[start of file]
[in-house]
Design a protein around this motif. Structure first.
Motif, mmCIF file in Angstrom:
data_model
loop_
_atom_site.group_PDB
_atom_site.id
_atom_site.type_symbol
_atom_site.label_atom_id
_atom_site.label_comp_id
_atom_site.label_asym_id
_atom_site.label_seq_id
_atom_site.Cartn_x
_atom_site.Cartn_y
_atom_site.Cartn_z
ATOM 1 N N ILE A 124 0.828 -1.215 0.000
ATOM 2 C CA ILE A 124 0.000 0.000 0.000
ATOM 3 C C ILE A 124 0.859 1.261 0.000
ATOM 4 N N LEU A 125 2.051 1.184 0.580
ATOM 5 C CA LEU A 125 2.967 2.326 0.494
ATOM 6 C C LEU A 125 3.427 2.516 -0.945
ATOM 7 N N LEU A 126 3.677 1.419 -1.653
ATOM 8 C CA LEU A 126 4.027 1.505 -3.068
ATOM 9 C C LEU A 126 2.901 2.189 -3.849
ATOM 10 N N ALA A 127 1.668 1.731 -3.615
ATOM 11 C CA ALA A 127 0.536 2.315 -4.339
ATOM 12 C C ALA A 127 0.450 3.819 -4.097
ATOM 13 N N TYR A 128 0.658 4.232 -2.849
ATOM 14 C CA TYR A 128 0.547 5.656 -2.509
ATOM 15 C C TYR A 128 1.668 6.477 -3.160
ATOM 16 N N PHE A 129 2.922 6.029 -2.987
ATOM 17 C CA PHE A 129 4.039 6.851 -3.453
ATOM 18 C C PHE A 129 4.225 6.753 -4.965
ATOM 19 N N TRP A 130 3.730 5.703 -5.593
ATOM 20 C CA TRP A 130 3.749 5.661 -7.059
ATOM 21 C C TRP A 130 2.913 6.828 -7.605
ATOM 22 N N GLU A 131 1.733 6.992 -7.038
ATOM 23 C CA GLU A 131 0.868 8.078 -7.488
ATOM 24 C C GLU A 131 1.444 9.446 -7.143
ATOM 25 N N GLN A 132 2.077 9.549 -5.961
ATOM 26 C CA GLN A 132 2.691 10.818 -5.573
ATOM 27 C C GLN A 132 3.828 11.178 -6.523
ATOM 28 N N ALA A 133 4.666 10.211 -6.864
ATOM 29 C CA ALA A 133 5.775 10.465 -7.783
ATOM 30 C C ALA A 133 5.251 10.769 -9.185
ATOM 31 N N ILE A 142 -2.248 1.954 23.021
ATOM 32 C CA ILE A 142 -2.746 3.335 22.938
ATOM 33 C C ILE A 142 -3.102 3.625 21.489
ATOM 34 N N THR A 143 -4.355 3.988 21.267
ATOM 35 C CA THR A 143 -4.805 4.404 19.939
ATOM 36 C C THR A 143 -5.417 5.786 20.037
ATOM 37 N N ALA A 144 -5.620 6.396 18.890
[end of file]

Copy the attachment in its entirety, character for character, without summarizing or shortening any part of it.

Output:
[in-house]
Design a protein around this motif. Structure first.
Motif, mmCIF file in Angstrom:
data_model
loop_
_atom_site.group_PDB
_atom_site.id
_atom_site.type_symbol
_atom_site.label_atom_id
_atom_site.label_comp_id
_atom_site.label_asym_id
_atom_site.label_seq_id
_atom_site.Cartn_x
_atom_site.Cartn_y
_atom_site.Cartn_z
ATOM 1 N N ILE A 124 0.828 -1.215 0.000
ATOM 2 C CA ILE A 124 0.000 0.000 0.000
ATOM 3 C C ILE A 124 0.859 1.261 0.000
ATOM 4 N N LEU A 125 2.051 1.184 0.580
ATOM 5 C CA LEU A 125 2.967 2.326 0.494
ATOM 6 C C LEU A 125 3.427 2.516 -0.945
ATOM 7 N N LEU A 126 3.677 1.419 -1.653
ATOM 8 C CA LEU A 126 4.027 1.505 -3.068
ATOM 9 C C LEU A 126 2.901 2.189 -3.849
ATOM 10 N N ALA A 127 1.668 1.731 -3.615
ATOM 11 C CA ALA A 127 0.536 2.315 -4.339
ATOM 12 C C ALA A 127 0.450 3.819 -4.097
ATOM 13 N N TYR A 128 0.658 4.232 -2.849
ATOM 14 C CA TYR A 128 0.547 5.656 -2.509
ATOM 15 C C TYR A 128 1.668 6.477 -3.160
ATOM 16 N N PHE A 129 2.922 6.029 -2.987
ATOM 17 C CA PHE A 129 4.039 6.851 -3.453
ATOM 18 C C PHE A 129 4.225 6.753 -4.965
ATOM 19 N N TRP A 130 3.730 5.703 -5.593
ATOM 20 C CA TRP A 130 3.749 5.661 -7.059
ATOM 21 C C TRP A 130 2.913 6.828 -7.605
ATOM 22 N N GLU A 131 1.733 6.992 -7.038
ATOM 23 C CA GLU A 131 0.868 8.078 -7.488
ATOM 24 C C GLU A 131 1.444 9.446 -7.143
ATOM 25 N N GLN A 132 2.077 9.549 -5.961
ATOM 26 C CA GLN A 132 2.691 10.818 -5.573
ATOM 27 C C GLN A 132 3.828 11.178 -6.523
ATOM 28 N N ALA A 133 4.666 10.211 -6.864
ATOM 29 C CA ALA A 133 5.775 10.465 -7.783
ATOM 30 C C ALA A 133 5.251 10.769 -9.185
ATOM 31 N N ILE A 142 -2.248 1.954 23.021
ATOM 32 C CA ILE A 142 -2.746 3.335 22.938
ATOM 33 C C ILE A 142 -3.102 3.625 21.489
ATOM 34 N N THR A 143 -4.355 3.988 21.267
ATOM 35 C CA THR A 143 -4.805 4.404 19.939
ATOM 36 C C THR A 143 -5.417 5.786 20.037
ATOM 37 N N ALA A 144 -5.620 6.396 18.890